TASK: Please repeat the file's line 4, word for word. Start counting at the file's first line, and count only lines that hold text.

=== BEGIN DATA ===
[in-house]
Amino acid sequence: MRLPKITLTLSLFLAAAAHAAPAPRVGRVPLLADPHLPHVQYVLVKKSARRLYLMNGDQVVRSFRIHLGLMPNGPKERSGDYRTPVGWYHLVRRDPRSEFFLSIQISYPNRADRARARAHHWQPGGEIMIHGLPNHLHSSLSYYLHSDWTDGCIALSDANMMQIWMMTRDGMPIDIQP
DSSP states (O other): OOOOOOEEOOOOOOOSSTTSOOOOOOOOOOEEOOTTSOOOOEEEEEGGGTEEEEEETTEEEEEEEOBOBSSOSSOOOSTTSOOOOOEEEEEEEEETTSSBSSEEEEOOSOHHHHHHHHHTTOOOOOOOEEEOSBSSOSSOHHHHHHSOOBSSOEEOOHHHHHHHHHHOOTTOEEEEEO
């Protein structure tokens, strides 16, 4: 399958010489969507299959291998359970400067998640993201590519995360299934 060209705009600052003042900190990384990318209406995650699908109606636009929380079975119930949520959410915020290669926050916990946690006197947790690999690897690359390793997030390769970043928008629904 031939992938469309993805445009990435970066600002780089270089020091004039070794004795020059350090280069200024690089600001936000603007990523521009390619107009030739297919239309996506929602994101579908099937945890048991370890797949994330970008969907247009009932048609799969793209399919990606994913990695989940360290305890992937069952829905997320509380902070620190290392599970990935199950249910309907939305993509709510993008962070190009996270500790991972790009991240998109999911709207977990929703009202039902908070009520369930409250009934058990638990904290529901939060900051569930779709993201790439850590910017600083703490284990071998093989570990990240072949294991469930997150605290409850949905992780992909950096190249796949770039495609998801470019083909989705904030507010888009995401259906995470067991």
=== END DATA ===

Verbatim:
């Protein structure tokens, strides 16, 4: 399958010489969507299959291998359970400067998640993201590519995360299934 060209705009600052003042900190990384990318209406995650699908109606636009929380079975119930949520959410915020290669926050916990946690006197947790690999690897690359390793997030390769970043928008629904 031939992938469309993805445009990435970066600002780089270089020091004039070794004795020059350090280069200024690089600001936000603007990523521009390619107009030739297919239309996506929602994101579908099937945890048991370890797949994330970008969907247009009932048609799969793209399919990606994913990695989940360290305890992937069952829905997320509380902070620190290392599970990935199950249910309907939305993509709510993008962070190009996270500790991972790009991240998109999911709207977990929703009202039902908070009520369930409250009934058990638990904290529901939060900051569930779709993201790439850590910017600083703490284990071998093989570990990240072949294991469930997150605290409850949905992780992909950096190249796949770039495609998801470019083909989705904030507010888009995401259906995470067991």